in Thinking

Ideas from guides co on how to promote events

Florin Muresan
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Promote Free Preview Call On Social Media

Schedule Tweets and create a Facebook event associated with your fan page to drive even more traffic to this event.

Promoting Virtual Events via Twitter

Twitter is a fast moving site. Updates get quickly buried in people’s feed (depending on how many people they follow) so posting frequency can be a little higher on this medium. I recommend an average of 1-2 posts per day about any given topic / event. You could do one in the morning and one in the afternoon, which would capture the two busier times in the day. If you feel that your followers would give you some leeway on posting often, you could even add one evening Tweet but I’ll leave that for you to decide.

If you don’t want to be sitting at your computer or on Twitter this frequently, consider using a tool to pre-schedule your updates. I use to preschedule updates when I know that I won’t be at my computer or able to update but when I have a message that I need to share. You can use their Publisher interface to schedule your updates leading up to the event and for the follow-up post-event as well.

Updates can vary but I do recommend incorporating Tweets that share:

1. An announcement about the event with a link to the sign up page

2. Tips related to the event with an invitation to learn more at the free event

3. Information about your guest speakers and be sure to @ reply them in the Tweet also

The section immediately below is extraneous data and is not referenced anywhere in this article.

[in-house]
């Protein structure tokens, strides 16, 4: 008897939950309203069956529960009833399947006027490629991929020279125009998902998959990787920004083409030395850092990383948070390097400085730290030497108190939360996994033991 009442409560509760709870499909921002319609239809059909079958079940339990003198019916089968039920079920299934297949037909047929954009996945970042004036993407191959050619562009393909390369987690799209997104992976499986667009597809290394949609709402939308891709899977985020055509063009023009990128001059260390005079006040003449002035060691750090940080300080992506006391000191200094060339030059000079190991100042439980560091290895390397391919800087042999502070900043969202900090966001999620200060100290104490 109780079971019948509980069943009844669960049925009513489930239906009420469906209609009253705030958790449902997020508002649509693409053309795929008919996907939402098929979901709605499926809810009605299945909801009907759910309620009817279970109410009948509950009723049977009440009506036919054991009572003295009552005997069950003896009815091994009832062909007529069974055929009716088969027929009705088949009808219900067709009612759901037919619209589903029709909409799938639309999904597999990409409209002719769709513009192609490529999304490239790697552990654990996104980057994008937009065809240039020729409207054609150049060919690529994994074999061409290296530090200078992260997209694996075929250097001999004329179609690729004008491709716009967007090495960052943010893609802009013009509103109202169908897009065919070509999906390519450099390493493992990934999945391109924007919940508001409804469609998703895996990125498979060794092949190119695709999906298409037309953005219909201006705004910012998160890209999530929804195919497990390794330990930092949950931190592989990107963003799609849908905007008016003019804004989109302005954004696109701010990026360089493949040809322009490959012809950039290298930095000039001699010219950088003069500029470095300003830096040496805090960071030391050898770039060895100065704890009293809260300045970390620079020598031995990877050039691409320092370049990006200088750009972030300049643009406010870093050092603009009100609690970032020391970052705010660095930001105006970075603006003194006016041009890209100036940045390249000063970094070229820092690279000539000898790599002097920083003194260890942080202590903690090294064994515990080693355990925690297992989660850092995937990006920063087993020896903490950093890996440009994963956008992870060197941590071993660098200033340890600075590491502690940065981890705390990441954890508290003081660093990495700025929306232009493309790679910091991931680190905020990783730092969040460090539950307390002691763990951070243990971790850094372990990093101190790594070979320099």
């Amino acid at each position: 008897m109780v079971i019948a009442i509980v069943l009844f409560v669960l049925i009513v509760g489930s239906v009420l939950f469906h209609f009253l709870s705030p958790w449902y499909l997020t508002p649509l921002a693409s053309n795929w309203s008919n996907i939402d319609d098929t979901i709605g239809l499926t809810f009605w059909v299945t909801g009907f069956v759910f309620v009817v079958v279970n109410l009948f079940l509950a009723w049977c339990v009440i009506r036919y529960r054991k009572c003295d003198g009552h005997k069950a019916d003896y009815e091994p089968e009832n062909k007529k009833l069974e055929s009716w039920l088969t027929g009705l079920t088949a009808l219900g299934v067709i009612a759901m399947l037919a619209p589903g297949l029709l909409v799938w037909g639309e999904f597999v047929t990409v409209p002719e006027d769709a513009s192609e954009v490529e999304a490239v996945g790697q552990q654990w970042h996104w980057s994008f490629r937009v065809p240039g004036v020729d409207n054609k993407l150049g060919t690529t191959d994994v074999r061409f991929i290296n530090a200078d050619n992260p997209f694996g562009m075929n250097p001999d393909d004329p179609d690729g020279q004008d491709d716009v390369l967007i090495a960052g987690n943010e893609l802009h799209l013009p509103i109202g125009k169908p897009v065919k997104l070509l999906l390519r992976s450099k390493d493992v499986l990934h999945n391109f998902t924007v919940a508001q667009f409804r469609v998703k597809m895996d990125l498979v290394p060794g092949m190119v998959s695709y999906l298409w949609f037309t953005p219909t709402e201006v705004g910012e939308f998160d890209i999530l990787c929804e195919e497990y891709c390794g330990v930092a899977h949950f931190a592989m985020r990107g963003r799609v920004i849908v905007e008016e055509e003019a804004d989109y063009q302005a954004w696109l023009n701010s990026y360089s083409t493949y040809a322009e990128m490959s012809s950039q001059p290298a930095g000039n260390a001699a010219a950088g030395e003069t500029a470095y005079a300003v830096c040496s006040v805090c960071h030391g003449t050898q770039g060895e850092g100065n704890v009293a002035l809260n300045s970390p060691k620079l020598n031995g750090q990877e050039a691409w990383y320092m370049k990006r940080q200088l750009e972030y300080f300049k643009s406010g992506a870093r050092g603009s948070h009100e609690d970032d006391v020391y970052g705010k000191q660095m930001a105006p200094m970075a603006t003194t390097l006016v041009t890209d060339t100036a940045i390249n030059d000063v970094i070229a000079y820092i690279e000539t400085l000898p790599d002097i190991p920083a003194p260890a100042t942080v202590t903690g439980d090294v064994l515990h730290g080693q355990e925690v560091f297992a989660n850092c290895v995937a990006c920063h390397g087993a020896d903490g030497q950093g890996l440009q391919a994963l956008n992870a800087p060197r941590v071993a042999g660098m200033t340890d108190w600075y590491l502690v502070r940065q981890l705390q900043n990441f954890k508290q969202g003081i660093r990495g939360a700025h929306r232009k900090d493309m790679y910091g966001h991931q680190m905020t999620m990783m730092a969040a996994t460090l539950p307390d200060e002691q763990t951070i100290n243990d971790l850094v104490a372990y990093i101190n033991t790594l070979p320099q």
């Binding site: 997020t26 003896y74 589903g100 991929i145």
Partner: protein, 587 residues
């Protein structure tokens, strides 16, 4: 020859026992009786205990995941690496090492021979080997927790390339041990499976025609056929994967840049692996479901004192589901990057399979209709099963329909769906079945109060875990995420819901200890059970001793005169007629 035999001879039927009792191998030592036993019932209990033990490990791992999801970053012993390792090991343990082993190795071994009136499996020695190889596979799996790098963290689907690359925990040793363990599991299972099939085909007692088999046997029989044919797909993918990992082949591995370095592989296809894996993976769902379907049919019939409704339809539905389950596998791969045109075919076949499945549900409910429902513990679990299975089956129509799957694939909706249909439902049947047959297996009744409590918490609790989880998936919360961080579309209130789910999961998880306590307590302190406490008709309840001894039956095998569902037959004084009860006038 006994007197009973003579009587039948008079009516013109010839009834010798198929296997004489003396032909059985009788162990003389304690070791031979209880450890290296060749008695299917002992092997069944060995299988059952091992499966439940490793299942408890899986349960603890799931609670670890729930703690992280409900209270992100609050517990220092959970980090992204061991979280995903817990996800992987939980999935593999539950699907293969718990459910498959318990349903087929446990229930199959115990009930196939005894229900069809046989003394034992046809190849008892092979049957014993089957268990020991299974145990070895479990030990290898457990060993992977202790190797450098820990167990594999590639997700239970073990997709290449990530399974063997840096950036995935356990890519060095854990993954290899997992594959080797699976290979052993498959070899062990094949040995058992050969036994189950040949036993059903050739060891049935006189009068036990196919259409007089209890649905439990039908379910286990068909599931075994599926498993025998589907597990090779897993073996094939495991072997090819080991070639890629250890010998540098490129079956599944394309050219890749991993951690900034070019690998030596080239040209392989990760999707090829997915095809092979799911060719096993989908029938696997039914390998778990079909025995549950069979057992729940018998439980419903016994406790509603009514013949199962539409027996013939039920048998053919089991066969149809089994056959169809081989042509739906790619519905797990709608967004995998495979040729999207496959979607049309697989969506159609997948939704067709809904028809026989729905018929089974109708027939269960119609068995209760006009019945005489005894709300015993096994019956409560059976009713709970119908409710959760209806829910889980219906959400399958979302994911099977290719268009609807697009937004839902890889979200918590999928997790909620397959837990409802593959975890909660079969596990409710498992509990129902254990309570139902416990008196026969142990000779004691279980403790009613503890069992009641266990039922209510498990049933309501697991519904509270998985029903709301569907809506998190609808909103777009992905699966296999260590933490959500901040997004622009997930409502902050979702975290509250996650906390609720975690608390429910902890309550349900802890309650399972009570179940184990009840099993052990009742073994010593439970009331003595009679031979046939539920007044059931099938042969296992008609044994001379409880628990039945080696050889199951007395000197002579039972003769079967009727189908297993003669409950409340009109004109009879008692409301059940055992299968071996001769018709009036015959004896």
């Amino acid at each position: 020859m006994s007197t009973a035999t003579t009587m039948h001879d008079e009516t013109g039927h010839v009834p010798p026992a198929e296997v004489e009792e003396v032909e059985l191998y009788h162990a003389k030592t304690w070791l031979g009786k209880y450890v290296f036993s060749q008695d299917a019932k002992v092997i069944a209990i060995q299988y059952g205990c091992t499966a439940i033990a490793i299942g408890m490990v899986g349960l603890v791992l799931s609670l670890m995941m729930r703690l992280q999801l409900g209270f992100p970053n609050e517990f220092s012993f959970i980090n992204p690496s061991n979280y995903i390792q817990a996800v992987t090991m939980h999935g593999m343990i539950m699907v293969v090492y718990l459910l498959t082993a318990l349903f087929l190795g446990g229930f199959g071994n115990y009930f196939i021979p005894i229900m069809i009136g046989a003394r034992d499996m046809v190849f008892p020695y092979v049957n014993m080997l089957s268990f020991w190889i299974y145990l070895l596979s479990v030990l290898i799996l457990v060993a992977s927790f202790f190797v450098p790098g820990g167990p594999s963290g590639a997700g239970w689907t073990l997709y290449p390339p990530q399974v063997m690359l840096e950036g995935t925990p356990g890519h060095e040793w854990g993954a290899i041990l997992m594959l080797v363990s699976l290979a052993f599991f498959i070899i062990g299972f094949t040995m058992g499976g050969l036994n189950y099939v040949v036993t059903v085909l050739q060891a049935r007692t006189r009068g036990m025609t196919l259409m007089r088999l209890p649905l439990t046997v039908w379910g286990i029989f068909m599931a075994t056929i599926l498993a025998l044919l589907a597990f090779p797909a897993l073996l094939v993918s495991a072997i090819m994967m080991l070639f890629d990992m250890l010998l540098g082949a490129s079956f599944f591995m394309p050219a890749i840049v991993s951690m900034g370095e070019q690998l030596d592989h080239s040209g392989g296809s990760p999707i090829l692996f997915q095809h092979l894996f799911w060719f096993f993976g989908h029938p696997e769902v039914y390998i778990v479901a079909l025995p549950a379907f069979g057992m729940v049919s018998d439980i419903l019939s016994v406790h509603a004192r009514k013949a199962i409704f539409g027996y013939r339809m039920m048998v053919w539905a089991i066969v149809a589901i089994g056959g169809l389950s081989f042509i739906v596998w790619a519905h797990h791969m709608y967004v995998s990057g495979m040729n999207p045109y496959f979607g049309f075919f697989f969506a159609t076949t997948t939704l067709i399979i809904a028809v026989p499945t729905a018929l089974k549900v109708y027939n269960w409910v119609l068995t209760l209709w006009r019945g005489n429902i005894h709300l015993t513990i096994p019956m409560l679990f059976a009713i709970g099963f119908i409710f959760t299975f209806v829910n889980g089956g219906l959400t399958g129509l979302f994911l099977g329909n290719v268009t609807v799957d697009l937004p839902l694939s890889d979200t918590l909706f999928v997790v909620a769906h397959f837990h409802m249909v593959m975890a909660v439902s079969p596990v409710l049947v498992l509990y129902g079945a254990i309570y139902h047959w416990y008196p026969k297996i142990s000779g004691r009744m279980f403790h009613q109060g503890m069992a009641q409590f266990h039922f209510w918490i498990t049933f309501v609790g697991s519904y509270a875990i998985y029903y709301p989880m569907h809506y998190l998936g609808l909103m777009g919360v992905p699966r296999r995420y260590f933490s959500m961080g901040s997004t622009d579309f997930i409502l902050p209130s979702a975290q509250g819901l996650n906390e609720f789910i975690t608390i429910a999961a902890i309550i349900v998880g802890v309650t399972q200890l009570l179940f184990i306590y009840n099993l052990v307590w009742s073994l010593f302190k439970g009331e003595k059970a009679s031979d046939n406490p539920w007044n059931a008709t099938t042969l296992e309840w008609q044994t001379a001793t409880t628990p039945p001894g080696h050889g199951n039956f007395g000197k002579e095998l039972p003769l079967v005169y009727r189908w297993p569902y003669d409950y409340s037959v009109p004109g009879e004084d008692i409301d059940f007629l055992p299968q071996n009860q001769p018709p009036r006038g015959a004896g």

4. Time sensitivity around deadlines to sign up for free events (1 week left, 1 day left, 1 hour left)

5. During the event updates – perhaps summarize the good points your guest speaker is making

6. Post-event follow-up with an invitation to get the recording

Promoting Virtual Events on Facebook

Facebook is a little different than Twitter. While on Twitter you can get away with 3-4 posts per day, you may not be able to get away with that on Facebook. The average Facebook user logs in to Facebook, lands on the feed screen and they scroll down until they get to the last set of updates they’ve read. This means that if you post the same post a few times in a day, they’ll see the message over and over again and may get annoyed and just turn off your updates.

With Facebook, you want to post less frequently and you definitely don’t want to spam the same link or the same content multiple times per day. I usually recommend posting 2-3 times per week about your upcoming event.

Let’s say you have four weeks of lead time and you want to post twice per week. Updates could include:

1. Announcement of event with details on how people can register

2. Introduction of speaker / guest and why people should know who they are

3. A tip or tidbit of information with an invitation to learn more at the event

4. An update on how many people have registered so far and an invite to attend

5. One week left to register update with link to event page

6. Morning of update with a “still time to register” update

7. Update post-event with a summary of how things went and an invite to sign up for recording

8. A recording is ready for download/purchase update post-event

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